Johann Goethe

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In existographies, Johann Goethe (206-123 BE) (1749-1832 ACM) (IQ:210|#1) (ID:2.53|82) (Cattell 1000:7) (RGM:41|1,350+) (PR:63|65AE / writer:4) (Murray 4000:2|WL) (Gottlieb 1000:131) (Perry 80:1) (Norlinger 22:1) (SN:1) (FA:112) (GA:6) (EVT:8) (FET:1) (EVT:8) (CR:942) (LH:21) (TL:2,190|#1), pronounced: GU(R)-tuh or gu(r)-te), or "Wolfgang Goethe" (Haeckel, 1899), was a German polyintellectual, noted for his affinity-driven model of form change, chemical to humans, aka "Goethe model".


A diagram of Goethe's 4-7 Oct 1793 lab notebooks, wherein he studied a reaction with Berlin-blue liquor using a double elective affinity diagram logic (left) and Goethe's 1809 used of the "double elective affinity" reaction, as the basis of the opening chapters of his Elective Affinities novel.

In 1783, while studying the orangutan to skeletal and human facial angle diagrams of Petrus Camper, discovered the human intermaxillary bone, therein proving, contrary to the Biblical view of Camper that humans were distinct from apes, that humans have morphed or form-changed over time from apes.

In 1790, Goethe penned his "Metamorphosis of Plants", a Lucretian style poem.[1]

In 4-7 Oct 1793, Goethe, in his lab notebooks (see: full page), analyzed a reaction with Berlin-blue liquor using a double elective affinity diagram:[2]

In 1799, Goethe penned his "Metamorphosis of Animals", a Lucretian style poem.[3]

On 3 Oct 1809, Goethe, exactly 16-years (to the day) after his Berlin-blue liquor affinity reaction notes, and following dialogue with Schiller, from 1798 to 1805, on affinity reactions applied to humans, published Elective Affinities: On the Nature of the Choice of Our Elective Attractions, a novel which outlines a double elective affinity between the four characters: Charlotte (A), Edward (B), Captain (C), and Ottilie (D), shown above right; letters (A, B, C, D) being the new Bergman letter notation (1775) for chemicals.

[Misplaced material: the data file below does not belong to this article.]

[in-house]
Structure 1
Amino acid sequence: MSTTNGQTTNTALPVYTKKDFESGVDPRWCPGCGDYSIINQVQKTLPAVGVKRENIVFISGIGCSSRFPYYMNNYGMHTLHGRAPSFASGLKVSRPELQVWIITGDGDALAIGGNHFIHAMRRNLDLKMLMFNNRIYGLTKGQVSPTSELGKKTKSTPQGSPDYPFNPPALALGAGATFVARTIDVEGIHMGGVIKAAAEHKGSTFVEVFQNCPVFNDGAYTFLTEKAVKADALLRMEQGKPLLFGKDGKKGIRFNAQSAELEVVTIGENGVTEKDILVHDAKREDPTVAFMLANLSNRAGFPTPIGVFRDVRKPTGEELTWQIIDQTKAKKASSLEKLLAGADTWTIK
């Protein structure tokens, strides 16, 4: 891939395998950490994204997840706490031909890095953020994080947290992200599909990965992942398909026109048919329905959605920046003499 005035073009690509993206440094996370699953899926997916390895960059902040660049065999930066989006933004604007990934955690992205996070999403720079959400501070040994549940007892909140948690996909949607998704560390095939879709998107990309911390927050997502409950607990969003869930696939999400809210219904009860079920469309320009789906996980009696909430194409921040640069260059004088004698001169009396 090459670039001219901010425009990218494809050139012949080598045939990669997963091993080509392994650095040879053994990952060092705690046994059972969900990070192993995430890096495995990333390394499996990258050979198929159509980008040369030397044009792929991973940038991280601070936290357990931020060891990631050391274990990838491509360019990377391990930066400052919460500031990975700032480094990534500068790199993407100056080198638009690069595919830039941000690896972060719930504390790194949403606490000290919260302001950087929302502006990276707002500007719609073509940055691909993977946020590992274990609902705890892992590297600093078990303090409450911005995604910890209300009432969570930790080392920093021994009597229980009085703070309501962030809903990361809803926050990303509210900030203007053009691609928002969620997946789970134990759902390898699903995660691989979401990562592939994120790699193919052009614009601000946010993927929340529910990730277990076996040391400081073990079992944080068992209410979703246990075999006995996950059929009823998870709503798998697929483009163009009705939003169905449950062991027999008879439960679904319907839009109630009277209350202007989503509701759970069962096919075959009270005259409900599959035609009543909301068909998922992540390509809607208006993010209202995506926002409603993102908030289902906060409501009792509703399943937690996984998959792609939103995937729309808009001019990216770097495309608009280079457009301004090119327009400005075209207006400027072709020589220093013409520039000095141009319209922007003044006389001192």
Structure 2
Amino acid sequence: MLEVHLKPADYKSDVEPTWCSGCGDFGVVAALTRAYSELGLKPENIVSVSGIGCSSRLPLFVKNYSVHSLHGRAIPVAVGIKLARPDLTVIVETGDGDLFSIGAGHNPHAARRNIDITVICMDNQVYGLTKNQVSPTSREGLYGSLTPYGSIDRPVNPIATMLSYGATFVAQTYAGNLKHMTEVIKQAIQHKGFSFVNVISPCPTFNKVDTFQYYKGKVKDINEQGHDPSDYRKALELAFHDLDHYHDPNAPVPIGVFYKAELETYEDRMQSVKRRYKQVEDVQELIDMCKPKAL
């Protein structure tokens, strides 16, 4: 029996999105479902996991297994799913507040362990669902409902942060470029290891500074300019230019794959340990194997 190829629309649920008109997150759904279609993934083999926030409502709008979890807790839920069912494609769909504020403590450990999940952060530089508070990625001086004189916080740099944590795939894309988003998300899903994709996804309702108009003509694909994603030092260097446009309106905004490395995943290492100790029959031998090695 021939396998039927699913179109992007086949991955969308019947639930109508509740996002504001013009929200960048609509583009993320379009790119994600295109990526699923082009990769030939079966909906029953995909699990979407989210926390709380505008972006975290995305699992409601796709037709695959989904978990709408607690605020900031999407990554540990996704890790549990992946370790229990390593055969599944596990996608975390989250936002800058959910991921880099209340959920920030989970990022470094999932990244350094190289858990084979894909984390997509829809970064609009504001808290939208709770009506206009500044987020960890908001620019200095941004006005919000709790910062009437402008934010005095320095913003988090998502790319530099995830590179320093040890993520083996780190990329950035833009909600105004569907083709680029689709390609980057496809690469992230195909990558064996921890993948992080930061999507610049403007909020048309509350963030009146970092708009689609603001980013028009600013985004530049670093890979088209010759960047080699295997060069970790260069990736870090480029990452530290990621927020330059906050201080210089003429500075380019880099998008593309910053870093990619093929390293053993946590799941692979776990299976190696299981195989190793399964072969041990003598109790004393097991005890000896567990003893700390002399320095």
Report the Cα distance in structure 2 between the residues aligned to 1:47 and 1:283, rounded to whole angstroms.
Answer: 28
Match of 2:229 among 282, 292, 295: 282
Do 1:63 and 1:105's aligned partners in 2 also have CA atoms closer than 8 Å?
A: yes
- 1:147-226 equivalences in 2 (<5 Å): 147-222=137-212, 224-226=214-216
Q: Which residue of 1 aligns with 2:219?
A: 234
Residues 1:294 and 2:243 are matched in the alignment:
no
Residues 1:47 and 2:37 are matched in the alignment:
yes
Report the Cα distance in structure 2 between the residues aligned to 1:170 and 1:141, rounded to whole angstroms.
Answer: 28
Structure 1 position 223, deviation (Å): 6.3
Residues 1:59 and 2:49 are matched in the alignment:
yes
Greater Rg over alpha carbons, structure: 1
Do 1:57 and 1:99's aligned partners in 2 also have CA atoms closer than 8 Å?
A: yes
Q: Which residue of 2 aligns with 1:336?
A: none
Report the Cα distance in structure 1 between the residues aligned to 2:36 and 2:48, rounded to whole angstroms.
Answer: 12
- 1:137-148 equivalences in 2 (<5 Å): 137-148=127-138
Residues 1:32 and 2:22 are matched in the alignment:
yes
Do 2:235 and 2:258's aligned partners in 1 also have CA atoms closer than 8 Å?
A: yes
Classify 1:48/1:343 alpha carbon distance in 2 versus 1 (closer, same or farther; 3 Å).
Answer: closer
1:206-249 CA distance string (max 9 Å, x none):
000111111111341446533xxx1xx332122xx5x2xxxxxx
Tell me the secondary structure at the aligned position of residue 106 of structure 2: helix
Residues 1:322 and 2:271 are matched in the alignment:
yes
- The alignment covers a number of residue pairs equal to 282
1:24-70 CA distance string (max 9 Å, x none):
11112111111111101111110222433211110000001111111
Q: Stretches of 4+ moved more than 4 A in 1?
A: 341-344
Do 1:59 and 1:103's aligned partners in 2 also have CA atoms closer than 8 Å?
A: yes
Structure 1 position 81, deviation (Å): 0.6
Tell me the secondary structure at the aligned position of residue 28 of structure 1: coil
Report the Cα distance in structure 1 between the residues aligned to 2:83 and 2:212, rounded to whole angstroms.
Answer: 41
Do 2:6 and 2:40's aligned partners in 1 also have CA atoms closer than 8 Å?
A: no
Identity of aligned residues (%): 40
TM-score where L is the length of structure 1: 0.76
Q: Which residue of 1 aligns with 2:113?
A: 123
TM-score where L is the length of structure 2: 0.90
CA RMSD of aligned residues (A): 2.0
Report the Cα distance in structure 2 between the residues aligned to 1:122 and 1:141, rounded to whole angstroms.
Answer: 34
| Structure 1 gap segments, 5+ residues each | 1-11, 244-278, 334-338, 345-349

By age 8, Goethe had studied French, Greek, Italian and Latin.[4]

In 1765, Goethe, age 16, he entered Leipzig University to study Law; eventually completing his law degree at Strasbourg University in 1771.



Goethe was influenced by: Empedocles[5], Lucretius[6], Ovid, Johann Faust, William Shakespeare, Benedict Spinoza, Isaac Newton, Carl Linnaeus, Prosper Crebillon, Susanne Klettenberg, Petrus Camper, Jacob Spielmann, Baron Holbach, Torbern Bergman, Wilhelm Buchholz, Johann Blumenbach, Claude Berthollet.


Goethe was friends or good associates with: Carl August, Christoph Wieland, Johann Herder, Carl Zelter, Friedrich Schiller, Samuel Sommerring, Wilhelm Humboldt, Alexander Humboldt, Johann Cotta, Heinrich Meyer, Friedrich Riemer, Johann Dobereiner, Johann Eckermann.


Goethe was in relationships with: Charlotte Stein (infatuation), Christiane Vulpius (wife, 1806), Minna Herzlieb.


Goethe influenced: Arthur Schopenhauer, Napoleon Bonaparte, Ludwig Beethoven, Ralph Emerson, Hermann Helmholtz, Charles Darwin, Ernst Haeckel, George Elliot, John Tyndall, Max Weber, Sigmund Freud, Wilhelm Ostwald, Otto Weininger, Fielding Garrison, Walter Benjamin, Albert Einstein, Rudolf Steiner, George Santayana[7], Jeremy Adler, Ilya Prigogine, Reginald Hollingdale, Alfred Steer, Tom Stoppard, Karl Fink, Jurgen Mimkes.


Quotes | On